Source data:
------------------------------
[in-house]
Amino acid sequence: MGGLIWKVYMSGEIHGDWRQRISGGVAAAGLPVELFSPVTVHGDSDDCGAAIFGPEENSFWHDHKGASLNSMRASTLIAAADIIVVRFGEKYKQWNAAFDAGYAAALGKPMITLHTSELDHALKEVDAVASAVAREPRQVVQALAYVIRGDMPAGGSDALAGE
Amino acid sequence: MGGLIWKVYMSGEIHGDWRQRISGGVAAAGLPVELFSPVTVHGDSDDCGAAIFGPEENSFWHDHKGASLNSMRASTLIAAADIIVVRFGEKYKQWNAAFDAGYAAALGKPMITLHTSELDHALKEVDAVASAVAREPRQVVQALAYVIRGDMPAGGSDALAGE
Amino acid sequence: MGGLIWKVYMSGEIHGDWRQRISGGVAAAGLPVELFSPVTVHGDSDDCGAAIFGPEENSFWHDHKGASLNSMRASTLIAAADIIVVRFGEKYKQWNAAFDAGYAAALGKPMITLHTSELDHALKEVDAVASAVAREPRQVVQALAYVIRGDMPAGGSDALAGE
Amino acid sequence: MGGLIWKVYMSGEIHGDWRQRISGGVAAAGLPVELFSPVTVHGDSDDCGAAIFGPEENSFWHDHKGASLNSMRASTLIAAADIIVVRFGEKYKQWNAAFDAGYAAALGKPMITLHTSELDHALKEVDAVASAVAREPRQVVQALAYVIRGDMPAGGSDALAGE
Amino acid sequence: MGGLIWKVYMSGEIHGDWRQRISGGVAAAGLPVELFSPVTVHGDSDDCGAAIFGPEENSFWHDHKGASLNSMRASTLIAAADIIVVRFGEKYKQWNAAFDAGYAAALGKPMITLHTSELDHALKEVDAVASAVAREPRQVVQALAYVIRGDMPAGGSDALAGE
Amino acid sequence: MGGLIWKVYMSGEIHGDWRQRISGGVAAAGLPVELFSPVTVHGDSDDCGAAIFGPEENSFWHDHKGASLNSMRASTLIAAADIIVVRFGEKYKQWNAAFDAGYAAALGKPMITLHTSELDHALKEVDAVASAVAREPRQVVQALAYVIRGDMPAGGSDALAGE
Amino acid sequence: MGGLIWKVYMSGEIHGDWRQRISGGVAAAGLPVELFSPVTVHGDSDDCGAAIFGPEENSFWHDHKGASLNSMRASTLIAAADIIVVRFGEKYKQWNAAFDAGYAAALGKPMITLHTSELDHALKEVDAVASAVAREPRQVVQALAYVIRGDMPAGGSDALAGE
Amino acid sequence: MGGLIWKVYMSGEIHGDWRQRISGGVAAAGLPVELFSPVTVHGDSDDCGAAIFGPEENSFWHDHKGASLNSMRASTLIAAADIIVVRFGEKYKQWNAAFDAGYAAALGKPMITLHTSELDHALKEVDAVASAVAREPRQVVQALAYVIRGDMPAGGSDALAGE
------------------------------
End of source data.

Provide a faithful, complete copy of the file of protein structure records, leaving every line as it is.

[in-house]
Amino acid sequence: MGGLIWKVYMSGEIHGDWRQRISGGVAAAGLPVELFSPVTVHGDSDDCGAAIFGPEENSFWHDHKGASLNSMRASTLIAAADIIVVRFGEKYKQWNAAFDAGYAAALGKPMITLHTSELDHALKEVDAVASAVAREPRQVVQALAYVIRGDMPAGGSDALAGE
Amino acid sequence: MGGLIWKVYMSGEIHGDWRQRISGGVAAAGLPVELFSPVTVHGDSDDCGAAIFGPEENSFWHDHKGASLNSMRASTLIAAADIIVVRFGEKYKQWNAAFDAGYAAALGKPMITLHTSELDHALKEVDAVASAVAREPRQVVQALAYVIRGDMPAGGSDALAGE
Amino acid sequence: MGGLIWKVYMSGEIHGDWRQRISGGVAAAGLPVELFSPVTVHGDSDDCGAAIFGPEENSFWHDHKGASLNSMRASTLIAAADIIVVRFGEKYKQWNAAFDAGYAAALGKPMITLHTSELDHALKEVDAVASAVAREPRQVVQALAYVIRGDMPAGGSDALAGE
Amino acid sequence: MGGLIWKVYMSGEIHGDWRQRISGGVAAAGLPVELFSPVTVHGDSDDCGAAIFGPEENSFWHDHKGASLNSMRASTLIAAADIIVVRFGEKYKQWNAAFDAGYAAALGKPMITLHTSELDHALKEVDAVASAVAREPRQVVQALAYVIRGDMPAGGSDALAGE
Amino acid sequence: MGGLIWKVYMSGEIHGDWRQRISGGVAAAGLPVELFSPVTVHGDSDDCGAAIFGPEENSFWHDHKGASLNSMRASTLIAAADIIVVRFGEKYKQWNAAFDAGYAAALGKPMITLHTSELDHALKEVDAVASAVAREPRQVVQALAYVIRGDMPAGGSDALAGE
Amino acid sequence: MGGLIWKVYMSGEIHGDWRQRISGGVAAAGLPVELFSPVTVHGDSDDCGAAIFGPEENSFWHDHKGASLNSMRASTLIAAADIIVVRFGEKYKQWNAAFDAGYAAALGKPMITLHTSELDHALKEVDAVASAVAREPRQVVQALAYVIRGDMPAGGSDALAGE
Amino acid sequence: MGGLIWKVYMSGEIHGDWRQRISGGVAAAGLPVELFSPVTVHGDSDDCGAAIFGPEENSFWHDHKGASLNSMRASTLIAAADIIVVRFGEKYKQWNAAFDAGYAAALGKPMITLHTSELDHALKEVDAVASAVAREPRQVVQALAYVIRGDMPAGGSDALAGE
Amino acid sequence: MGGLIWKVYMSGEIHGDWRQRISGGVAAAGLPVELFSPVTVHGDSDDCGAAIFGPEENSFWHDHKGASLNSMRASTLIAAADIIVVRFGEKYKQWNAAFDAGYAAALGKPMITLHTSELDHALKEVDAVASAVAREPRQVVQALAYVIRGDMPAGGSDALAGE